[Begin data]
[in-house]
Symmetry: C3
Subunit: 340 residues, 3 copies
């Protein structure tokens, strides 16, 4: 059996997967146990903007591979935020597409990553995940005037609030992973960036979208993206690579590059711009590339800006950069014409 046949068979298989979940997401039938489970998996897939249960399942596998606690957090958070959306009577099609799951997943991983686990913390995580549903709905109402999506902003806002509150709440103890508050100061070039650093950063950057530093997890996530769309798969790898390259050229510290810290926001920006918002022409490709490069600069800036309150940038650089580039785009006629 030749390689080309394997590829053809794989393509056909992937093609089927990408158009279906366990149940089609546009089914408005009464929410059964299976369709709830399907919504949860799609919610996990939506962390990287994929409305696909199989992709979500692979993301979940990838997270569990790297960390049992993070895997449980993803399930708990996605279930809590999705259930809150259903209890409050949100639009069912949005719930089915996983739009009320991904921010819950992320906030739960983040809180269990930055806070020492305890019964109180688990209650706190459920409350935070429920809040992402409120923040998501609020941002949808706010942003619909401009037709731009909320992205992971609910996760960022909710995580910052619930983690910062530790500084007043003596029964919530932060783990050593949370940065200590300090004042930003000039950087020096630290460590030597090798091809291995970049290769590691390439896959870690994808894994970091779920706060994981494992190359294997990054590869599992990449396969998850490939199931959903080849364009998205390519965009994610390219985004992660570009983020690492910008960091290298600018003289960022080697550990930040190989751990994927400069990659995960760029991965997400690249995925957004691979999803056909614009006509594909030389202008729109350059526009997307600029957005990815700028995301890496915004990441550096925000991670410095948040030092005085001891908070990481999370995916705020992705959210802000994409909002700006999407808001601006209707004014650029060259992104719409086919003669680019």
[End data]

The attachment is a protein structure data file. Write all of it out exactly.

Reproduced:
[in-house]
Symmetry: C3
Subunit: 340 residues, 3 copies
């Protein structure tokens, strides 16, 4: 059996997967146990903007591979935020597409990553995940005037609030992973960036979208993206690579590059711009590339800006950069014409 046949068979298989979940997401039938489970998996897939249960399942596998606690957090958070959306009577099609799951997943991983686990913390995580549903709905109402999506902003806002509150709440103890508050100061070039650093950063950057530093997890996530769309798969790898390259050229510290810290926001920006918002022409490709490069600069800036309150940038650089580039785009006629 030749390689080309394997590829053809794989393509056909992937093609089927990408158009279906366990149940089609546009089914408005009464929410059964299976369709709830399907919504949860799609919610996990939506962390990287994929409305696909199989992709979500692979993301979940990838997270569990790297960390049992993070895997449980993803399930708990996605279930809590999705259930809150259903209890409050949100639009069912949005719930089915996983739009009320991904921010819950992320906030739960983040809180269990930055806070020492305890019964109180688990209650706190459920409350935070429920809040992402409120923040998501609020941002949808706010942003619909401009037709731009909320992205992971609910996760960022909710995580910052619930983690910062530790500084007043003596029964919530932060783990050593949370940065200590300090004042930003000039950087020096630290460590030597090798091809291995970049290769590691390439896959870690994808894994970091779920706060994981494992190359294997990054590869599992990449396969998850490939199931959903080849364009998205390519965009994610390219985004992660570009983020690492910008960091290298600018003289960022080697550990930040190989751990994927400069990659995960760029991965997400690249995925957004691979999803056909614009006509594909030389202008729109350059526009997307600029957005990815700028995301890496915004990441550096925000991670410095948040030092005085001891908070990481999370995916705020992705959210802000994409909002700006999407808001601006209707004014650029060259992104719409086919003669680019």